Tuesday, September 9, 2014


By Dominique Paul Noth

Dancing  $100 bills at the Urban Day School website
A hundred dollars for any parent who refers another parent to a charter elementary school? Even when the Journal Sentinel reported this scheme by UWM chartered Urban Day School, it couldn’t resist some false equivalency. It suggested that such cash for kids in a poor neighborhood  – timed to the date the school would get taxpayer money if the referred student shows up – is somehow a shrewd extension of the competitive “free market” system in education, to paraphrase the article.

Sorry guys. Bribery ain’t an “economic incentive” outside of cadging cigarets in prison.

The Wisconsin funding formula does put pressure on all schools to make sure students are there to be counted on the third Friday of September – the state’s official enrollment day to get taxpayer money.  But in the city of Milwaukee, parents unhappy with their voucher or private school education can approach the MPS any day of the school year to get their child transferred, regardless of whether (weirdly) the MPS has to wait a semester or more to get state payment. 

Not apparently at Urban Day. The $100  offer to a referring parent --  who may quietly share the proceeds with accepting parents, there is no regulations about this, and it’s even more lucrative if you bring in two or three children --  disappears after Sept. 19, as the website warns.  And if the school gains back with dollars  the 110 kids it is short,  this “public school” can cut applicants off, which strikes me as hardly public.

The school doesn’t see anything wrong with giving $100 per student, because it eventually comes from the taxpayers to go to adult salesmen.

The charade is exposed. (And that should have been the JS headline.)  The school choice movement  has lost any intelligent claim that it is concerned about the kids, not the money. 

“Free market” competition? Natural share? Well, nature is working in favor of  the public schools and  so is the competitive  marketplace when you take away gimmicks.

Noted Rep. Evan Goyke, in whose legislative district the school at 1441 N. 24th St. is located, “This disgusts me. It reduces educating kids  to the level of a retail market, like cable television, which offers a discount if you bring in a customer.”

For years educators have been pleading in vain with the Walker administration for  some oversight agency with teeth  to monitor how charter and voucher schools peddle their wares. Now those who care about education have  been done in yet again by unsupervised schools feeling free to hire marketing Mad Men.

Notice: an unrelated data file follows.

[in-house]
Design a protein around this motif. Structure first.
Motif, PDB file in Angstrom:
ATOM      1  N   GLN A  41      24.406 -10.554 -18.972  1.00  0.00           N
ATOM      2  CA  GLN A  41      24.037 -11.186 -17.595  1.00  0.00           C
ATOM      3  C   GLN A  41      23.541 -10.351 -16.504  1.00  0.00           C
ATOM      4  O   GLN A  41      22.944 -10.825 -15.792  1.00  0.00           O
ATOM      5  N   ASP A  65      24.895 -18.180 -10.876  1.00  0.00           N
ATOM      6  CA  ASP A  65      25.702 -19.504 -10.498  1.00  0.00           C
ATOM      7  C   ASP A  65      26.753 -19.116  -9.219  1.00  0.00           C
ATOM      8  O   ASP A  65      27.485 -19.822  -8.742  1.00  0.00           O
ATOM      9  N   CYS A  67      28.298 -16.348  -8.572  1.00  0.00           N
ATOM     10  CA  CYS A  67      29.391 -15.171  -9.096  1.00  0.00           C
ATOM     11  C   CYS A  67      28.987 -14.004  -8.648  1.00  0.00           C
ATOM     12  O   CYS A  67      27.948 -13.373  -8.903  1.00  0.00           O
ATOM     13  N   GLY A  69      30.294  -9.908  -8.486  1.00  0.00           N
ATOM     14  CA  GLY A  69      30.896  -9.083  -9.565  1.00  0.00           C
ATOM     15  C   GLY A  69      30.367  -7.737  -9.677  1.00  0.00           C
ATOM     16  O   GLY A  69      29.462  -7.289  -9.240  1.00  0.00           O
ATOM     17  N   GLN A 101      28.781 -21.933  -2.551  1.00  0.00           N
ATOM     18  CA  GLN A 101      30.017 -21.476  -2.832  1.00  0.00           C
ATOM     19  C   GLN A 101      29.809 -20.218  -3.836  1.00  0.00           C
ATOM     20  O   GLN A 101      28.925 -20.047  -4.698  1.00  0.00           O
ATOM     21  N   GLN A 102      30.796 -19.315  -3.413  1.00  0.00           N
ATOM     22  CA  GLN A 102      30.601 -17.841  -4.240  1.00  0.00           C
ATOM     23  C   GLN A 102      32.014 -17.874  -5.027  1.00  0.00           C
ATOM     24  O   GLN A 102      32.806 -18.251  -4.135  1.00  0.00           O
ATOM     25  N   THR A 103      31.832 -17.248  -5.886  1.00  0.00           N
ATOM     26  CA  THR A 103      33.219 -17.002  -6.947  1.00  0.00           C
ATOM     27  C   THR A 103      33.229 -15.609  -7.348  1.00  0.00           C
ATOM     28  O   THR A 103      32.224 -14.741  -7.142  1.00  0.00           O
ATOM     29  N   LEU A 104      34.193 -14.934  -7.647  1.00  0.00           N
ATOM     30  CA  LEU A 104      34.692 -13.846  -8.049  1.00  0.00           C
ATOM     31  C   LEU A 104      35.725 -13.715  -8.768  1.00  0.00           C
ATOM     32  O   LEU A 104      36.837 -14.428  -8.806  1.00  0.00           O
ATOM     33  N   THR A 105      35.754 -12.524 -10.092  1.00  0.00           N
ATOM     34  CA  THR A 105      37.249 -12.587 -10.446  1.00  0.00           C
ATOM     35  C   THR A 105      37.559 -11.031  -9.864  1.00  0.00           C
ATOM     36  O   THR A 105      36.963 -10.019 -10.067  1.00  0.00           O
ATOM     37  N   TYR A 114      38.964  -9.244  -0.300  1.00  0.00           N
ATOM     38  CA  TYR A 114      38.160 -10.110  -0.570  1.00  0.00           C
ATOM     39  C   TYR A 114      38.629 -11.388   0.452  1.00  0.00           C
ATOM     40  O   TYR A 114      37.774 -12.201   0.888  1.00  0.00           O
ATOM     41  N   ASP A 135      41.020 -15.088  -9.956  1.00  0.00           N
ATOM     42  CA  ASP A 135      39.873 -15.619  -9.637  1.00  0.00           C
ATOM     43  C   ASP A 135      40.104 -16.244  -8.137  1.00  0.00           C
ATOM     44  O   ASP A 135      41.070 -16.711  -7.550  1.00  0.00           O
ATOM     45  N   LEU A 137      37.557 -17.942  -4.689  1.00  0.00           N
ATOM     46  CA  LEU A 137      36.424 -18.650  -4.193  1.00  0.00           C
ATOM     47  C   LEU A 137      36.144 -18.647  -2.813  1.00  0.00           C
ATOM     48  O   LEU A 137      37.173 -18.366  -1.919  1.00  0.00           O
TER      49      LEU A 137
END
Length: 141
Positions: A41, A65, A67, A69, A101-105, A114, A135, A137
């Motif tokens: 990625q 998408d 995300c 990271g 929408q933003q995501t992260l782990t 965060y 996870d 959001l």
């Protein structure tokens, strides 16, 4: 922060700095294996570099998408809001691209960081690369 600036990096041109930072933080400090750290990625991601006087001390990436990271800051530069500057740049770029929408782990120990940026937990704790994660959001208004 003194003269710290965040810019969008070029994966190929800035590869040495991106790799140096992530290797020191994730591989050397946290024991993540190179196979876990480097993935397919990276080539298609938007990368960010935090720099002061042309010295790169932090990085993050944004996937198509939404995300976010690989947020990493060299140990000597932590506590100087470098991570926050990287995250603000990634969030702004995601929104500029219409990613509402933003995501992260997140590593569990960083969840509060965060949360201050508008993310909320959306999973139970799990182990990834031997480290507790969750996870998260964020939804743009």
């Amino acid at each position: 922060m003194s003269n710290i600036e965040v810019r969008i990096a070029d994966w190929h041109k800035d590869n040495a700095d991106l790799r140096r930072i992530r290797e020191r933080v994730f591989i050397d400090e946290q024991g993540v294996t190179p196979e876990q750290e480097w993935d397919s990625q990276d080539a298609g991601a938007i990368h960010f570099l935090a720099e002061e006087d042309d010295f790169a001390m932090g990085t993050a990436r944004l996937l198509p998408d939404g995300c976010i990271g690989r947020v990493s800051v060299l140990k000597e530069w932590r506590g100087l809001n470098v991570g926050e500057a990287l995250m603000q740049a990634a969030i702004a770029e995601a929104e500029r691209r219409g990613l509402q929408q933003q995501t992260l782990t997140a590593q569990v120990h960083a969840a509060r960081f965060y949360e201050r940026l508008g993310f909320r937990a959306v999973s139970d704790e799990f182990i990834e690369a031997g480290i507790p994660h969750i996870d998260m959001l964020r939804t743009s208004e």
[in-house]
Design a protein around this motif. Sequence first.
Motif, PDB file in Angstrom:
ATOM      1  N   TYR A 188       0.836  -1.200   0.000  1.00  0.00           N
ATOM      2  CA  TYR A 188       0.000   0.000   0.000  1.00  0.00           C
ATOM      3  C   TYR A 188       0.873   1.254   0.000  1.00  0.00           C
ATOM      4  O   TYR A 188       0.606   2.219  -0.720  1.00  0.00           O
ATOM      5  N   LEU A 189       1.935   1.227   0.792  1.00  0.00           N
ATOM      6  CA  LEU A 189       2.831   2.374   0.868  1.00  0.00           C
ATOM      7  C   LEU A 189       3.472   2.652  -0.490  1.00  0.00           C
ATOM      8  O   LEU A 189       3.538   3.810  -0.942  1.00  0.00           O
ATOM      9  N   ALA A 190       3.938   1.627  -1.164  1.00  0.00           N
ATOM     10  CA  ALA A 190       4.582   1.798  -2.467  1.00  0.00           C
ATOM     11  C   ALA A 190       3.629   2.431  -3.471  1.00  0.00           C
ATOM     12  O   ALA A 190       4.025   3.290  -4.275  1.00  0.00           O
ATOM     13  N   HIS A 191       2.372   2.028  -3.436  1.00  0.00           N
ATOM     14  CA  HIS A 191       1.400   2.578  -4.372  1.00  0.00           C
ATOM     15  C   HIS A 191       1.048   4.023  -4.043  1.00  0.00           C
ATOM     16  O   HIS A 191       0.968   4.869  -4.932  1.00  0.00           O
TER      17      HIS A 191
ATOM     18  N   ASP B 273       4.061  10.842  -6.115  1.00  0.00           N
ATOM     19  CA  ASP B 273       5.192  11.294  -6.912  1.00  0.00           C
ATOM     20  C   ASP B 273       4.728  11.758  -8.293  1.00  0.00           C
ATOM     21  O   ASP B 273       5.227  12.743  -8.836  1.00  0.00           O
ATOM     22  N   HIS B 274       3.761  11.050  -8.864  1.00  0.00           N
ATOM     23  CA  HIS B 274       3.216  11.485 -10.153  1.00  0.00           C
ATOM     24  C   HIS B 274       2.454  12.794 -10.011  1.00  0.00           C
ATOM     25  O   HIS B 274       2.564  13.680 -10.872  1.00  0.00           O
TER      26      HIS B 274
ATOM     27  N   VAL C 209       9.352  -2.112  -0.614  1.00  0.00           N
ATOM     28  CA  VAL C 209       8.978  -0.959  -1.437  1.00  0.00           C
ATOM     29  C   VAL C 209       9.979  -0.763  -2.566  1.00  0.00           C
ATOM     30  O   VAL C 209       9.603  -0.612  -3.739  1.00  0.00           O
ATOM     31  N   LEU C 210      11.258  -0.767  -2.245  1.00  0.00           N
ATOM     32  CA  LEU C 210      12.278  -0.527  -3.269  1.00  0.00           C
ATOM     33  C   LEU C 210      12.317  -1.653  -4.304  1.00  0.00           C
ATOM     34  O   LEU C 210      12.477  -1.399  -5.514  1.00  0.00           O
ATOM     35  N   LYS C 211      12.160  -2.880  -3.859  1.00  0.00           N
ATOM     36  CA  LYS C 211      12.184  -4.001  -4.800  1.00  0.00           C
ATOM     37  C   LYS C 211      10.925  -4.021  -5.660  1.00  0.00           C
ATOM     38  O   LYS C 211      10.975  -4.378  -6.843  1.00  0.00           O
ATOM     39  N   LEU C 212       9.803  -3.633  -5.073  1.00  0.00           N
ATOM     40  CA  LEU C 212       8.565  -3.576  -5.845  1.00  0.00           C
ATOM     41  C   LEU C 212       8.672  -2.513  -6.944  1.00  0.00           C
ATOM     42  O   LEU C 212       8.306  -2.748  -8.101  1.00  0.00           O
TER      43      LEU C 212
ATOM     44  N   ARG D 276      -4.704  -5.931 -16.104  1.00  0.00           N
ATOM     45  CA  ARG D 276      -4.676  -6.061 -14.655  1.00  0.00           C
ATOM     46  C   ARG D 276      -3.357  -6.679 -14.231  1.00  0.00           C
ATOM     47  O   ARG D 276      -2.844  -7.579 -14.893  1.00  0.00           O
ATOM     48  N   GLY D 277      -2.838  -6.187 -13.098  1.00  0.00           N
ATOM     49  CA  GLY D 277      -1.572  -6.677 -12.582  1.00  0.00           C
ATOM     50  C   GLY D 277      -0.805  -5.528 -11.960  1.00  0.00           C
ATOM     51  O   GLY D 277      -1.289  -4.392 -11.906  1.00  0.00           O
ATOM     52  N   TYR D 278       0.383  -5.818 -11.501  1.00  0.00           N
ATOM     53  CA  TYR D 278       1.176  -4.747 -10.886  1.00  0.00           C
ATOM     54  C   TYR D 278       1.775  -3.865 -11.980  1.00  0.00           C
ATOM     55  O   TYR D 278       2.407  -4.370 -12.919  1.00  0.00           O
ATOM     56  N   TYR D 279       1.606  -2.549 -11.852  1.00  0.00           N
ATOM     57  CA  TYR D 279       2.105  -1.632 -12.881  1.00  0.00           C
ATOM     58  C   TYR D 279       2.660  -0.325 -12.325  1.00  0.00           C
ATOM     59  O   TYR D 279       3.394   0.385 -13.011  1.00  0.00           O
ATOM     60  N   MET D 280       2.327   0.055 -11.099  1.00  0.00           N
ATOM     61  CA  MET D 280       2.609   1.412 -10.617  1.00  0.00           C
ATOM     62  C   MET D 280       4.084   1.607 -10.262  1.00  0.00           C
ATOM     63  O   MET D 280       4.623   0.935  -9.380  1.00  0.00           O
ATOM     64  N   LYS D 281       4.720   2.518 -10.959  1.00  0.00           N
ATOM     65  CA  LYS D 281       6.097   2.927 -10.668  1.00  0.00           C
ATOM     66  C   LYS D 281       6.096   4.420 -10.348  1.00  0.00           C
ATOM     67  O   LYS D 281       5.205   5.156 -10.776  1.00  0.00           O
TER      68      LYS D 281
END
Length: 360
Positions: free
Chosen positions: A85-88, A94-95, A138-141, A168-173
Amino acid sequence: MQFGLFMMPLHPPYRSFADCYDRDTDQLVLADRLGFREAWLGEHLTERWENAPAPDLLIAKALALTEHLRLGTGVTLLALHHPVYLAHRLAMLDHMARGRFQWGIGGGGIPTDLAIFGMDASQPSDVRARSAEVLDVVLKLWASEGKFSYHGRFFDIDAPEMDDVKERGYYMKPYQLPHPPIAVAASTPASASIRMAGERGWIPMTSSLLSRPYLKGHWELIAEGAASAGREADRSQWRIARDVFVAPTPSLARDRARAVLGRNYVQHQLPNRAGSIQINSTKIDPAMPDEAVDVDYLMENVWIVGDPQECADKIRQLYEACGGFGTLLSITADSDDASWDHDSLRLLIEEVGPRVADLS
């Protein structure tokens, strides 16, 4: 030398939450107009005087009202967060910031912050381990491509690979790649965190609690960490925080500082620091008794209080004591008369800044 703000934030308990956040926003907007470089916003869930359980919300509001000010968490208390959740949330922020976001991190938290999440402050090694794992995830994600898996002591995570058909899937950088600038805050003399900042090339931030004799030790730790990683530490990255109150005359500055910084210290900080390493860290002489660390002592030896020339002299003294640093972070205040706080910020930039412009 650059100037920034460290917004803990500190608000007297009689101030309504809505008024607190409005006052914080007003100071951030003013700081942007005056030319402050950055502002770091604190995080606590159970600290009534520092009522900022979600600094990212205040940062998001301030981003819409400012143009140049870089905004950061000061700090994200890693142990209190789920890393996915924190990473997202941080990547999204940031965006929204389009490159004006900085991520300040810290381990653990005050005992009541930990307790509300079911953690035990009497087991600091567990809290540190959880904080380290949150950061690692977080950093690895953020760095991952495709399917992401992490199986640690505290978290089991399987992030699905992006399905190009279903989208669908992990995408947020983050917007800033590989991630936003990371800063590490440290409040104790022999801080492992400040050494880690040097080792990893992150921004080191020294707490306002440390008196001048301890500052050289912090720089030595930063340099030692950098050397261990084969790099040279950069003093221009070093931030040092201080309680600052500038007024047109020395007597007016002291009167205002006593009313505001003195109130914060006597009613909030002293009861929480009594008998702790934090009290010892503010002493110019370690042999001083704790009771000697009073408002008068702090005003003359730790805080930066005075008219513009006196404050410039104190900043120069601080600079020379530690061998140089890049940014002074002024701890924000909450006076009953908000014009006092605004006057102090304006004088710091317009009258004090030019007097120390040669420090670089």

Of course there are some good charter schools, but more and more news analysis is exposing how much of the charter movement is a racket under investigation.

Privately operated charter and voucher schools claim that profit is not primary in their blandishments.  The selling game at Urban Day School flat undermines that concept. It  also should serve as a warning to neighborhoods that think there is anything permanent in the polished presentations and promises, since all those riches and attention can rapidly evaporate as the market turns and the only way to keep enrollment up is manipulation of parents, not what is happening in the classroom.

For those who don't Internet, the
school produced flyers.
Bob Peterson, the president of the Milwaukee teachers union, posted an angry blog about this but it can hardly be regarded as a pro-union comment by an outspoken pro-union figure. Peterson was making a basic point about education. Schools should be about what’s best for the child, not artificial inducements that drive a parent to drag a child to a school regardless of curriculum. Because that is what Urban Day School is doing. And authorizing agency UWM, as he says, should be ashamed at this  blatant appeal to the wallet.  It isn’t even asking parents who like Urban Day to tell their friends. It is a bribe to any parent who makes a referral.

So any claim that this is simply a competitive marketing ploy evaporates when you think of sticking a hundred dollars into some grownup’s hand to talk another parent into getting his child there by a specific money-generating date. Any conniving citizen who needs a hundred bucks (not all parents are saints) could have many motives beside education.  And if they do care about their kids, they have to realize that the MPS doesn’t do this and they can walk away to another school a week later! So much for family involvement.